Over that a thin slice of fat bacon…

But first…
Dulltown, UK: Today’s carefully selected adjectives are: ornery, ventilable, naff, napiform, ectoblastic, bracteal, and gawping.
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I have mentioned it before, but it does smell of old-fashioned cough mixture – I expect someone spilled a little bit of it on the book when they were glancing through looking for cough remedies. Yes, we are back with that tattered old junk shop book of mine, the Daily Express Enquire Within from 1934. Here’s a picture of the title page:

I do love that logo, or emblem – the globe, the laurel leaves, and is that the flame of knowledge and learning – or a plate of something edible (a wobbling meringue?) balanced on the end of a stick ready to be twirled by a passing juggler?
This book has everything in it, is it a compendium? Well it does have everything necessary for running a nice middle class life in Britain in the 1930s.
Across the head of each page there are some words of wisdom or a proverb to attract your eye and stimulate as you thumb through, I will include one of these with each of today’s items dear reader:

Page 126. (Economy is the easy chair of old age.)
Terms Used in Croquet.
i. Roquet – To strike another ball with your own.
ii. Croquet – When two balls are in contact, the player strikes the other away. The striker shall not place his foot on either ball in making the stroke.
iii. Wired – When a ball is in contact with a hoop, so as to prevent it going through.
iv. Ball in Hand – On making a roquet the striker’s ball immediately becomes ‘in hand’ and remains so until croquet has been taken.

Page 440. (Look on the bright side of everything.)
A Good Toilet Soap.
Palm oil soap and olive oil soap, one part of each; curd soap, three parts. Melt them together and then scent with oil of verbena, ginger-grass, or rose geranium.

Page 411. (He hath no leisure who useth it not.)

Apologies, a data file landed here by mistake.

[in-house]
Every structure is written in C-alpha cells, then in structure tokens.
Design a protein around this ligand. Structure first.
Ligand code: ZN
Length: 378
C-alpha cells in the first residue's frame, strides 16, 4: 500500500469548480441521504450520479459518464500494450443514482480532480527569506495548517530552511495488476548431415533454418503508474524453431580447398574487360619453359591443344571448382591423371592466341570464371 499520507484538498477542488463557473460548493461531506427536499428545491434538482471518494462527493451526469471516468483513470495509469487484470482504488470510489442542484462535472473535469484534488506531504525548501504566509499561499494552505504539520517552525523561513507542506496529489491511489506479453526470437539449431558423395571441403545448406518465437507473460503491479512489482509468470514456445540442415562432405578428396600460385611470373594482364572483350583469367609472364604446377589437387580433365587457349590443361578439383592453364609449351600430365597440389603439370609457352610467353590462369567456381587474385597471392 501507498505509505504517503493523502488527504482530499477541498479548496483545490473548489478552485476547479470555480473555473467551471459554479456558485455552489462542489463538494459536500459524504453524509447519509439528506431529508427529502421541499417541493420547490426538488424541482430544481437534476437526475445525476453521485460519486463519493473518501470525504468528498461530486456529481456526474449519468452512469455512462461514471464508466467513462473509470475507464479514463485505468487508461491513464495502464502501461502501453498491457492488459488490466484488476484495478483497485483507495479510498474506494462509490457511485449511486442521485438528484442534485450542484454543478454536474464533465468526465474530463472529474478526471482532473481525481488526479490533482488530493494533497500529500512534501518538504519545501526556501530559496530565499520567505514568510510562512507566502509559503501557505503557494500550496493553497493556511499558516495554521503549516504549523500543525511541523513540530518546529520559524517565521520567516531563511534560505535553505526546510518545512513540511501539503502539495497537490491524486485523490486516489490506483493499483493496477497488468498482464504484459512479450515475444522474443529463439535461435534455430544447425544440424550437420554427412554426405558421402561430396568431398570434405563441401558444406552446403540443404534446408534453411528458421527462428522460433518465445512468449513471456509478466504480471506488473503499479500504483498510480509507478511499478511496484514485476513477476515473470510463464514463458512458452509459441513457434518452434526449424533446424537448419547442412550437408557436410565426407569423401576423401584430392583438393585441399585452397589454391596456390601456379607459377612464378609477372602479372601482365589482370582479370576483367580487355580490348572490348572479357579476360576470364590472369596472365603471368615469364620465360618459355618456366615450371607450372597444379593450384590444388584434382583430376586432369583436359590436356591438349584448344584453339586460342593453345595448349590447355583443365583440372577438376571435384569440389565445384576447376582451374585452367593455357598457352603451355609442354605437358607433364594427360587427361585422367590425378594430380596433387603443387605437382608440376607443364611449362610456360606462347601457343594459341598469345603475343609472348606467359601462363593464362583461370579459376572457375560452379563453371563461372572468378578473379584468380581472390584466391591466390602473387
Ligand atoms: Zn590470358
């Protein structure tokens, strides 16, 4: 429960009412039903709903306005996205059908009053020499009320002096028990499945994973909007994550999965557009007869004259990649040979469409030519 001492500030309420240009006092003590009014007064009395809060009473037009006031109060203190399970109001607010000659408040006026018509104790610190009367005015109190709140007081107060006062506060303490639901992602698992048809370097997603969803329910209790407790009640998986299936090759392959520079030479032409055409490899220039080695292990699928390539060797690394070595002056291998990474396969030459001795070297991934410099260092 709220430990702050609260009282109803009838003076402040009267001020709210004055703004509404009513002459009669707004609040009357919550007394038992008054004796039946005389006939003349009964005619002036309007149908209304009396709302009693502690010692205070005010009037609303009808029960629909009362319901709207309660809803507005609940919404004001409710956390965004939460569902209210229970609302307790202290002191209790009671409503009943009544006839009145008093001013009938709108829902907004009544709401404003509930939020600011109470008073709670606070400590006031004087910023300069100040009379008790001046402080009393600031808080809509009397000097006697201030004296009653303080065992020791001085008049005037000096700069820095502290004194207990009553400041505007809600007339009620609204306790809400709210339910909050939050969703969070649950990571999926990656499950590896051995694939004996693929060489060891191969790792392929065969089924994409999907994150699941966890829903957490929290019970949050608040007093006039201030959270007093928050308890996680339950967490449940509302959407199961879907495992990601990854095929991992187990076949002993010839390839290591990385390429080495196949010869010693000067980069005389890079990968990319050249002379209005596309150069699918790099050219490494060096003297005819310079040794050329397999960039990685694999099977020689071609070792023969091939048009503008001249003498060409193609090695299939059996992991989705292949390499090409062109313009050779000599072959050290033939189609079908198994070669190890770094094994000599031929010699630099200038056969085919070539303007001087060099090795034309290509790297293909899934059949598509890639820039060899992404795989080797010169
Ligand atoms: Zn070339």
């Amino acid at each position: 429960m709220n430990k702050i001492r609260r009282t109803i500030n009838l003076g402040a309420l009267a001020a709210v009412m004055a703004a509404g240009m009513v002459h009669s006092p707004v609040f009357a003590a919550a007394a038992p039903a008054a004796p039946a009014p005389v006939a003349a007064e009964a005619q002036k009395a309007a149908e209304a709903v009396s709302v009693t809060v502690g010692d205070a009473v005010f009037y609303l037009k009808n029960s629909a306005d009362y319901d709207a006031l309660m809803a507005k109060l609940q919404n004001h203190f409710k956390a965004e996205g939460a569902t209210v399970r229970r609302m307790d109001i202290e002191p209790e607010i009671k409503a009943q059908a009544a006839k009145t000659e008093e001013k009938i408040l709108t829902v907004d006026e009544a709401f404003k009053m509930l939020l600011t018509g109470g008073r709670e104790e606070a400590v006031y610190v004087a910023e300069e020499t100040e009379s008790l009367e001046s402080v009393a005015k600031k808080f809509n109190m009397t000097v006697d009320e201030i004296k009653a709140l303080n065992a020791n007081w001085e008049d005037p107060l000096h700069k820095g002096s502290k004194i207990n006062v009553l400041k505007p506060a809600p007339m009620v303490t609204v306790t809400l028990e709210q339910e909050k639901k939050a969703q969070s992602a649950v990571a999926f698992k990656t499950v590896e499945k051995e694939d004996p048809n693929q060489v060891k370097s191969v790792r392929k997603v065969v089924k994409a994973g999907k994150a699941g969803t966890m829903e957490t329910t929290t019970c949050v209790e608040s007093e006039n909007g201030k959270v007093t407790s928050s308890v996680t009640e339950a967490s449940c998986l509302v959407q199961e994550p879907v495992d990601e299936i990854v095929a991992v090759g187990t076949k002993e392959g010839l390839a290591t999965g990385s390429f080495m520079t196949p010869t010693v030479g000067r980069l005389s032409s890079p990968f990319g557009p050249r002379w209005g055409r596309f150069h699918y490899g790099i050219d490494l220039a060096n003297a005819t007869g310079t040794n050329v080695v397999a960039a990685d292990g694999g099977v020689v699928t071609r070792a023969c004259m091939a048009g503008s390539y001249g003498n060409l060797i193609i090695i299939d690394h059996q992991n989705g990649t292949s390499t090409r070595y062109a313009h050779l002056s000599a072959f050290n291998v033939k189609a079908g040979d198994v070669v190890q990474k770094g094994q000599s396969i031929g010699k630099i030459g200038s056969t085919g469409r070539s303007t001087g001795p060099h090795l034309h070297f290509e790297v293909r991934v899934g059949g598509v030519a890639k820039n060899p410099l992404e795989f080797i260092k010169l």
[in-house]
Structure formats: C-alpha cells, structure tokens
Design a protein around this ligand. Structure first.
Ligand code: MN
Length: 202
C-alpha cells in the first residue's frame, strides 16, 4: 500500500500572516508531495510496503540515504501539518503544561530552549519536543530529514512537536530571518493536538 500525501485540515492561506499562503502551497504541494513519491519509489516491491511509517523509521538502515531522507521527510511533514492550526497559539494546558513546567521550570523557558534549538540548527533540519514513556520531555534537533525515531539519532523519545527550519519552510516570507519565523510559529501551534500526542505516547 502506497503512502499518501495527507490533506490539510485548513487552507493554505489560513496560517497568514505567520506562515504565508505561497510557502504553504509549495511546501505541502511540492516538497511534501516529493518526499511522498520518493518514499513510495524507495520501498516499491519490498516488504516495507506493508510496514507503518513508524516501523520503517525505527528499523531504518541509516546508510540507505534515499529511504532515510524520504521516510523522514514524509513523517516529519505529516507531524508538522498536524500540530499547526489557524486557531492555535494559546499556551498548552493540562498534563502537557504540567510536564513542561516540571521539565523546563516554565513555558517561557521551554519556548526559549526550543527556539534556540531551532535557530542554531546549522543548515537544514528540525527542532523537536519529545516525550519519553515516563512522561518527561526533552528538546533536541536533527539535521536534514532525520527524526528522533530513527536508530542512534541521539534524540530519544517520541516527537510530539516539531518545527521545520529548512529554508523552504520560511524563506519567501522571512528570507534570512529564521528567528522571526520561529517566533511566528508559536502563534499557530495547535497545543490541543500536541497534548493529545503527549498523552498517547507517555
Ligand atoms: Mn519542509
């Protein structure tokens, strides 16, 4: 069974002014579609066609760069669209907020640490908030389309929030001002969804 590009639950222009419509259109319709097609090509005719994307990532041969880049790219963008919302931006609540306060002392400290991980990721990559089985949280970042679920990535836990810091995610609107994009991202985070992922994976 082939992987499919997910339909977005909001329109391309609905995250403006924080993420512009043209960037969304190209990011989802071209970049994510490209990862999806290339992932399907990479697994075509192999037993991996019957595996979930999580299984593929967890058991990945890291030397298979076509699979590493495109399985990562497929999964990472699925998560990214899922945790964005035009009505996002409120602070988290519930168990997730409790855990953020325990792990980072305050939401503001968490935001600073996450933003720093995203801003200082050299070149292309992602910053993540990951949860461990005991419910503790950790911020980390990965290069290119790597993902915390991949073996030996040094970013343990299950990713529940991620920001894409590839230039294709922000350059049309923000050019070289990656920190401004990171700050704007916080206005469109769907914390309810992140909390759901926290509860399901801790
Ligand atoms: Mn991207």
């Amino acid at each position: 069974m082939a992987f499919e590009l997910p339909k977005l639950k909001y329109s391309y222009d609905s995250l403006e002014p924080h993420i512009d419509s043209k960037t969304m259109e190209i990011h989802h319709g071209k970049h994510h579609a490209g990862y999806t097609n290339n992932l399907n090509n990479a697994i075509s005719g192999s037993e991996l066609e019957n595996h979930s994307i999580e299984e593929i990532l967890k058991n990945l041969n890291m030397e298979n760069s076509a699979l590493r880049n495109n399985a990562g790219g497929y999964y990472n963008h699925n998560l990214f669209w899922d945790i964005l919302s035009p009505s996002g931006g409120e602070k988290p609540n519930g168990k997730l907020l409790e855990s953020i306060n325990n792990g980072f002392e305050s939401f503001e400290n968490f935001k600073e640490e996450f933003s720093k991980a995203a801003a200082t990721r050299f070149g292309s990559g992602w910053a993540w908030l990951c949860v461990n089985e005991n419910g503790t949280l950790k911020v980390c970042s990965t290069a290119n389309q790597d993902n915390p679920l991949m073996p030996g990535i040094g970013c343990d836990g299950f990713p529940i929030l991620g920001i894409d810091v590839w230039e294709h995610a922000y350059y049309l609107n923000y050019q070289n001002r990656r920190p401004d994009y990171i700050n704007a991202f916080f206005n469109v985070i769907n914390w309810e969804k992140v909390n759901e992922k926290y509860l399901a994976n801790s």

To Clean White Ostrich Feathers.
Four ounces of white soap, cut small, dissolved in four pints of water, rather hot, in a large basin; beat up the solution into a lather. Introduce the feathers, and draw them through the hands for five or six minutes. After this soaping wash in clean water, as hot as the hand can bear. Then rinse in cold water with blue. Shake near a fire until dry.
The feathers may be re-curled by using a narrow paper-knife, drawing the feather over the edge of the knife while holding it by finger and thumb.

Page 28. (The burden is light on the shoulders of another.)
Roast Quails.
Pluck, draw, and truss, cover the breast with a vine leaf, and over that a thin slice of fat bacon. Put the birds on a long skewer and roast for ten to fifteen minutes.

Page 386. (Out of debt, out of danger.)
Domes of Silence.
These are rounded and polished steel discs with projecting points, which, when fitted to the ends of chair legs, enable the chairs to be moved smoothly and noiselessly over a wooden floor. They also protect carpets and linoleum from wear.

 

About Dave Whatt

Grumpy old surrealist artist, musician, postcard maker, bluesman, theatre set designer, and debonair man-about-town. My favourite tools are the plectrum and the pencil...
This entry was posted in adjectives, archeology, books, food, history, information, instruction, learning, reading, serendipity, words and tagged , , , , , , , , , , , , , , , , , , , , . Bookmark the permalink.

4 Responses to Over that a thin slice of fat bacon…

  1. Jheron Bash says:

    Excellent! I was just wondering how to best clean my ostrich feathers.

  2. ktz2 says:

    I wonder why I find it funny that croquet has such stricts rules, you’ve shown more of them in past posts from this book. I’m picturing rich young men in their croquet whites having very British super-polite arguments over some obscure ruling , and coming to blows hahaha

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